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How do you protect your art work?
Modern technologies are presenting us with ways to protect art works in an elegant and inconspicuous way. Art security has taken on a new meaning with today's incredible technology. Through the use of radio-frequency identification (RFID), gallery proprietors will be able to know exactly where pieces of art are at any given moment, if they are being mishandled or endangered by extreme temperatures or moisture. The same technology can also be used to enhance visitors' experiences in a gallery or museum, and provide managers with data on patterns of visits.
Radio waves, emitted from miniscule electronic tags, are what provide the RFID central system the information on its whereabouts and condition, even from a distance and without the need of a line of sight.
An active RFID tag, inconspicuously attached to an art object, can not only “tell” where the piece of art is at any given moment, but also the temperature and moisture level of the room or space. Based on predefined parameters, the RFID main system could set off alerts in the case of extreme environmental conditions.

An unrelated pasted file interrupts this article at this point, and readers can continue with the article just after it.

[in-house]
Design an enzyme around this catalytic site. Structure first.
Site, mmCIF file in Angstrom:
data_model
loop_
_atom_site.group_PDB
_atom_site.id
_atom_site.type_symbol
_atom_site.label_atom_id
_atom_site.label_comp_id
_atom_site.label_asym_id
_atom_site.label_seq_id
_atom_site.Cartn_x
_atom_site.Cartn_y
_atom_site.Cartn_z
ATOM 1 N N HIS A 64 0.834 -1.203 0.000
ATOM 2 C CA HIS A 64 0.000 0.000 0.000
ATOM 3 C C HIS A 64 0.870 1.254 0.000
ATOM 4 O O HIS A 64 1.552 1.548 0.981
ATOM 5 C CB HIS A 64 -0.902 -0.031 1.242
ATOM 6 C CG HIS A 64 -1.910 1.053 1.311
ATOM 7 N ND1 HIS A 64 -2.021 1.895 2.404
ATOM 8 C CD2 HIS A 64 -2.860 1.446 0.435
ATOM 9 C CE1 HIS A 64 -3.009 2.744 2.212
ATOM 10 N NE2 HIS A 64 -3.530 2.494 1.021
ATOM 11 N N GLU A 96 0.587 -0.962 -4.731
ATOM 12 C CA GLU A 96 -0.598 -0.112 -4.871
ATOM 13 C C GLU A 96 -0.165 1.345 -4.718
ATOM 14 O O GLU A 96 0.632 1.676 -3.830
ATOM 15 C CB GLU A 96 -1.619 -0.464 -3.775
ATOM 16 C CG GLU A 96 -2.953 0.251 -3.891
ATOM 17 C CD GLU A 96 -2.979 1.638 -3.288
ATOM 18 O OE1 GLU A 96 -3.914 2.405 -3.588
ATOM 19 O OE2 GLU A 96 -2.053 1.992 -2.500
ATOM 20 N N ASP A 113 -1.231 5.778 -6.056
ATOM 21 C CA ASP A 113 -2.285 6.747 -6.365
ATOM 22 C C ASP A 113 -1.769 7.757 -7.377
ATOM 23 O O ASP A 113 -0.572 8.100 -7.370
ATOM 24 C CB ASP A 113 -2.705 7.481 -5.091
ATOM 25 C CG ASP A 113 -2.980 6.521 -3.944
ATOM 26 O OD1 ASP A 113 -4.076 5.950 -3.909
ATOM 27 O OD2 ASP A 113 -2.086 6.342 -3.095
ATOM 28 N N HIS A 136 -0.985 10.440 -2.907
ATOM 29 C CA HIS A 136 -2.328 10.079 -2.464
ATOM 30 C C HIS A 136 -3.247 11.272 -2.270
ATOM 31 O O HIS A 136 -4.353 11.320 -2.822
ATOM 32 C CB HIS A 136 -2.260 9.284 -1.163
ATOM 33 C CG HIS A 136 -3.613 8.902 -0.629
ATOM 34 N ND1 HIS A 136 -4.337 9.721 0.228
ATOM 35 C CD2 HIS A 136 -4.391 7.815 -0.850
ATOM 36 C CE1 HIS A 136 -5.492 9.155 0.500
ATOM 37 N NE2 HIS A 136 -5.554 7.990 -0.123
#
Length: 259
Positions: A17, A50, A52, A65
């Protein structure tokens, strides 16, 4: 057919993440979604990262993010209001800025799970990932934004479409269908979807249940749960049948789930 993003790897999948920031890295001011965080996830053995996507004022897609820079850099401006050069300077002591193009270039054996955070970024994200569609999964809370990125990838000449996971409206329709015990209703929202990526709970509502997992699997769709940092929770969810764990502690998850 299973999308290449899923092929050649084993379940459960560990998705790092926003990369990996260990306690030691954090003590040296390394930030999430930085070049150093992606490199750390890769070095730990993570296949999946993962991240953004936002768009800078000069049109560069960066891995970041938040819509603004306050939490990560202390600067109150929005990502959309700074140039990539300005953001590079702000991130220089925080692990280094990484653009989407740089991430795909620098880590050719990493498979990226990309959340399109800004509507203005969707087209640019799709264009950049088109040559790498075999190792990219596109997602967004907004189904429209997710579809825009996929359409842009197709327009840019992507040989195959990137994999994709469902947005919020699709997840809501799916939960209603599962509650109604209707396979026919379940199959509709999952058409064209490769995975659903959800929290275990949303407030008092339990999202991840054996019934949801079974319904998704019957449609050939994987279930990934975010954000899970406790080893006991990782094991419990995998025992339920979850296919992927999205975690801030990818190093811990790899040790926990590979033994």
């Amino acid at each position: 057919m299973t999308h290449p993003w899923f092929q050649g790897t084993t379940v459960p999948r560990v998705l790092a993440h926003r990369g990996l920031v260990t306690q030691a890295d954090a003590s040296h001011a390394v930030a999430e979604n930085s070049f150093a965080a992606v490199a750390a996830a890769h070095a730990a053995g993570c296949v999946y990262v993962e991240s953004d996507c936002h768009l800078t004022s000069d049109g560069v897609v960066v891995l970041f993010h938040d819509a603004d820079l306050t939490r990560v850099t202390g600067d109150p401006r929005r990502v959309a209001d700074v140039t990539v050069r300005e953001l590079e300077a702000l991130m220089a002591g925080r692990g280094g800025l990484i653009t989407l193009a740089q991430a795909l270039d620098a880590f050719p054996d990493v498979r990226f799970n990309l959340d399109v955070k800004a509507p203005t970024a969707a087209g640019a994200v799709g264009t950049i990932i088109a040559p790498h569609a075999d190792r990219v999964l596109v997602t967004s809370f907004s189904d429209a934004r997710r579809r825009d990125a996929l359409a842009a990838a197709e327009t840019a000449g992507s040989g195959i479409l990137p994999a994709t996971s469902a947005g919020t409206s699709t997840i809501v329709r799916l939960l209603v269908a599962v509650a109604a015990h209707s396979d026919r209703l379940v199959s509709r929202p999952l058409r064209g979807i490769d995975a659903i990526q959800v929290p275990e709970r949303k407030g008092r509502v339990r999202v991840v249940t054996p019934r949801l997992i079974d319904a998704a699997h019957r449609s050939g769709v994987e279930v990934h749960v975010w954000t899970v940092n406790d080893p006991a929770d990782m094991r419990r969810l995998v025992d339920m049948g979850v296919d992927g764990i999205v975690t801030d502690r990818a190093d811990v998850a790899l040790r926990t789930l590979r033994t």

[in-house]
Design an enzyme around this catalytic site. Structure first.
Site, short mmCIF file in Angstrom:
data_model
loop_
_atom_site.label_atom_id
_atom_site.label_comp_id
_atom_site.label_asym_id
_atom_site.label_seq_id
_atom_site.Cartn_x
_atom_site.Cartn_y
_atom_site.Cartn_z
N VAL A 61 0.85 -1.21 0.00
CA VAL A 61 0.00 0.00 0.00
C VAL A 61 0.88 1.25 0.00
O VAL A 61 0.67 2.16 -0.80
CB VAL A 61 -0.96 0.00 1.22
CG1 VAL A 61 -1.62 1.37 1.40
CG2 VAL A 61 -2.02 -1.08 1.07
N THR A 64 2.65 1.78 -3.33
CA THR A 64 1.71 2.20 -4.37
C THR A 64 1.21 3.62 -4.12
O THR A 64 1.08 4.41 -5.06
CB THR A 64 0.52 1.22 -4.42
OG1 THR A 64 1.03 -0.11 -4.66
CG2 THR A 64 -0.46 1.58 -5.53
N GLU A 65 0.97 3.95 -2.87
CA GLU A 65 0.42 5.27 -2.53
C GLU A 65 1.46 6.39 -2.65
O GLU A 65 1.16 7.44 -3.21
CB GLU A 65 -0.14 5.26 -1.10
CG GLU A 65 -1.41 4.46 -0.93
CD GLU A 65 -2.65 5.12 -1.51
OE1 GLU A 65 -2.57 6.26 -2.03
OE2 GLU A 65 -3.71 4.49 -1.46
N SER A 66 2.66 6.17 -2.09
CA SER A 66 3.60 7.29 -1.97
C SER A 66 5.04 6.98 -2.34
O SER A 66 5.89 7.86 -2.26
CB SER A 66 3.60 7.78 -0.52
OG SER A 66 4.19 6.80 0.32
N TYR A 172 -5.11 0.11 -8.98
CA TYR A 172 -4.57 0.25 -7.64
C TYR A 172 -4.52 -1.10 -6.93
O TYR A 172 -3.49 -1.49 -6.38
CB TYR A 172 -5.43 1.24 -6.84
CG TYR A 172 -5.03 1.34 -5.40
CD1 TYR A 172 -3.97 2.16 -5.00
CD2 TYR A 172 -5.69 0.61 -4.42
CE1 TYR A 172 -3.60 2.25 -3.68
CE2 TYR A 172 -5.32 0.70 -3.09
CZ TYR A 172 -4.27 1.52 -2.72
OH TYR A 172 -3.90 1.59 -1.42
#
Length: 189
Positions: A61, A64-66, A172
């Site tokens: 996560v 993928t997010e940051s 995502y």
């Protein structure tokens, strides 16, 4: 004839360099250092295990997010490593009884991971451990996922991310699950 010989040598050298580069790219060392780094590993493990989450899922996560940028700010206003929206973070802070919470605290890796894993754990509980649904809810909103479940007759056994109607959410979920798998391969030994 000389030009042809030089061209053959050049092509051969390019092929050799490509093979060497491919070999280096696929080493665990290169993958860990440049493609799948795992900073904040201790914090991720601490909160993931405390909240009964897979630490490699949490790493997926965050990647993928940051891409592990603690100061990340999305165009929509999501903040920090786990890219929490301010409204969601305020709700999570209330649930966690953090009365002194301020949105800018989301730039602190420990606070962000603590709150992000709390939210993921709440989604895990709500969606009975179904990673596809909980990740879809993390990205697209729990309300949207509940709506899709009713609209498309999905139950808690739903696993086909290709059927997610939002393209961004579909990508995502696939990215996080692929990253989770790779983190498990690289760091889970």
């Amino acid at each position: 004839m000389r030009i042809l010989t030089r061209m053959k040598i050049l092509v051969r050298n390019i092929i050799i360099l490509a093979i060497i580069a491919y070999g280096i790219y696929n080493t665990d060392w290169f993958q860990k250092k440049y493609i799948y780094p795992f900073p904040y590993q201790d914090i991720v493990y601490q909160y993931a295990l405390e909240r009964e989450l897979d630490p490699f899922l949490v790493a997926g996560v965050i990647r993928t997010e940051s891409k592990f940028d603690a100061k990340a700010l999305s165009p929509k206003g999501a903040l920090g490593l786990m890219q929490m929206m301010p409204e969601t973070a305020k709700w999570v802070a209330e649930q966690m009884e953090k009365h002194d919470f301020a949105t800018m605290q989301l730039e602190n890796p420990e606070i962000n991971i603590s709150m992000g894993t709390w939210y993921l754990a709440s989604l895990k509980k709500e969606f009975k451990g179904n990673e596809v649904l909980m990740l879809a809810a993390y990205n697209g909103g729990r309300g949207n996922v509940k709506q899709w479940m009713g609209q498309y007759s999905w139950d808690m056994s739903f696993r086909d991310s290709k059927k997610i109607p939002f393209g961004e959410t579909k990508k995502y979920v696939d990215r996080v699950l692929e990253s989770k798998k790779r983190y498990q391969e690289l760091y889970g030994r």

The system can also alert to when an object is being tampered with, even without being removed from the wall or floor, and inform administrators whether the contact is light or strong and harmful.
Different allowances to moving the pieces can also be programmed. The system will recognize authorized persons – also bearing RFID tags – moving or handling the object, and raise an alarm if anyone else attempts to do so.
The tags can also provide information through GPS and GPRS, so that if a picture or sculpture is lent out, its owner will always be able to know exactly where it is and in what condition.
RFID passive tags are cheaper and smaller, can provide the basic information on the whereabouts of an object, and be used for quick inventory counts, with the use of a hand-held reader that can pick up the radio signal and note items in its vicinity, without the need to reach or move them. The same system can provide reminders for periodical checks of the items, based on predefined parameters.
Art security is paramount to any art gallery or art museum. Since the RFID tags are programmed to identify the object to which they are attached, the system can also be used to provide visitors – equipped with hand-held readers – with data on art pieces they approach. Based on the same principle, museum and gallery proprietors would also be able to learn about the patrons' patterns – which route people take, how much time they spend by each picture, statue or installation, and so forth.
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